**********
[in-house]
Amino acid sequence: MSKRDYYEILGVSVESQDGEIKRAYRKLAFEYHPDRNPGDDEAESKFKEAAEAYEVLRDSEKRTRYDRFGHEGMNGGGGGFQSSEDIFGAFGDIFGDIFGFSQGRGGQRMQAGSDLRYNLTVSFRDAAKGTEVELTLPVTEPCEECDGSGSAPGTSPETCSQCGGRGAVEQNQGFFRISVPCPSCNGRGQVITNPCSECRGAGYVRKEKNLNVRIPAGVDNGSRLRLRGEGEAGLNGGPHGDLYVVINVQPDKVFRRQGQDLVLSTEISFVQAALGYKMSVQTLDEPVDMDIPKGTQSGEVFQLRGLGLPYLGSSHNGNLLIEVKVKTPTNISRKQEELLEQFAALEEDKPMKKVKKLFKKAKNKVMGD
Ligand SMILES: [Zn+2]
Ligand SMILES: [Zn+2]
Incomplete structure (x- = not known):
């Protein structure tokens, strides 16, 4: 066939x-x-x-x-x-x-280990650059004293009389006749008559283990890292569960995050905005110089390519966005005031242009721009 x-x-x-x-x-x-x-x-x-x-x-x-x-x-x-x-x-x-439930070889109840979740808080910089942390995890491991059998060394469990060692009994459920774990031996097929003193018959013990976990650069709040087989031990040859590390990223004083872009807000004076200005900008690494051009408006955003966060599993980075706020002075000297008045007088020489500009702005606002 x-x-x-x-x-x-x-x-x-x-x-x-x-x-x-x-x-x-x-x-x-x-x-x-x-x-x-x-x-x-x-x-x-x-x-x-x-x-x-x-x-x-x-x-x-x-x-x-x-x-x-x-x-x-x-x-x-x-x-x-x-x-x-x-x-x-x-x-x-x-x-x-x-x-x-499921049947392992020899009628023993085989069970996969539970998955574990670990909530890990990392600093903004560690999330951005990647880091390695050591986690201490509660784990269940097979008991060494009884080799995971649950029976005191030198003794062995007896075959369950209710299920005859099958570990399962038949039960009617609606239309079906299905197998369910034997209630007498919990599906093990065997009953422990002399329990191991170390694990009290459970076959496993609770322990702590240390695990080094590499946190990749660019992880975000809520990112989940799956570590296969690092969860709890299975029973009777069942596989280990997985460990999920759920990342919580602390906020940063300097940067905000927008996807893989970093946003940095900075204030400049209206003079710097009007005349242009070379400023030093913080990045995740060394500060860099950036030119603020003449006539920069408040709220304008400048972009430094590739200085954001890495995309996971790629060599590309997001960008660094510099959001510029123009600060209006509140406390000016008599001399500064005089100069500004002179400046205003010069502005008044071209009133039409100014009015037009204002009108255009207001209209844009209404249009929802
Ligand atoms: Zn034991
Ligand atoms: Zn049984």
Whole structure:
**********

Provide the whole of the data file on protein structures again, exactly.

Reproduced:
[in-house]
Amino acid sequence: MSKRDYYEILGVSVESQDGEIKRAYRKLAFEYHPDRNPGDDEAESKFKEAAEAYEVLRDSEKRTRYDRFGHEGMNGGGGGFQSSEDIFGAFGDIFGDIFGFSQGRGGQRMQAGSDLRYNLTVSFRDAAKGTEVELTLPVTEPCEECDGSGSAPGTSPETCSQCGGRGAVEQNQGFFRISVPCPSCNGRGQVITNPCSECRGAGYVRKEKNLNVRIPAGVDNGSRLRLRGEGEAGLNGGPHGDLYVVINVQPDKVFRRQGQDLVLSTEISFVQAALGYKMSVQTLDEPVDMDIPKGTQSGEVFQLRGLGLPYLGSSHNGNLLIEVKVKTPTNISRKQEELLEQFAALEEDKPMKKVKKLFKKAKNKVMGD
Ligand SMILES: [Zn+2]
Ligand SMILES: [Zn+2]
Incomplete structure (x- = not known):
């Protein structure tokens, strides 16, 4: 066939x-x-x-x-x-x-280990650059004293009389006749008559283990890292569960995050905005110089390519966005005031242009721009 x-x-x-x-x-x-x-x-x-x-x-x-x-x-x-x-x-x-439930070889109840979740808080910089942390995890491991059998060394469990060692009994459920774990031996097929003193018959013990976990650069709040087989031990040859590390990223004083872009807000004076200005900008690494051009408006955003966060599993980075706020002075000297008045007088020489500009702005606002 x-x-x-x-x-x-x-x-x-x-x-x-x-x-x-x-x-x-x-x-x-x-x-x-x-x-x-x-x-x-x-x-x-x-x-x-x-x-x-x-x-x-x-x-x-x-x-x-x-x-x-x-x-x-x-x-x-x-x-x-x-x-x-x-x-x-x-x-x-x-x-x-x-x-x-499921049947392992020899009628023993085989069970996969539970998955574990670990909530890990990392600093903004560690999330951005990647880091390695050591986690201490509660784990269940097979008991060494009884080799995971649950029976005191030198003794062995007896075959369950209710299920005859099958570990399962038949039960009617609606239309079906299905197998369910034997209630007498919990599906093990065997009953422990002399329990191991170390694990009290459970076959496993609770322990702590240390695990080094590499946190990749660019992880975000809520990112989940799956570590296969690092969860709890299975029973009777069942596989280990997985460990999920759920990342919580602390906020940063300097940067905000927008996807893989970093946003940095900075204030400049209206003079710097009007005349242009070379400023030093913080990045995740060394500060860099950036030119603020003449006539920069408040709220304008400048972009430094590739200085954001890495995309996971790629060599590309997001960008660094510099959001510029123009600060209006509140406390000016008599001399500064005089100069500004002179400046205003010069502005008044071209009133039409100014009015037009204002009108255009207001209209844009209404249009929802
Ligand atoms: Zn034991
Ligand atoms: Zn049984």
Whole structure: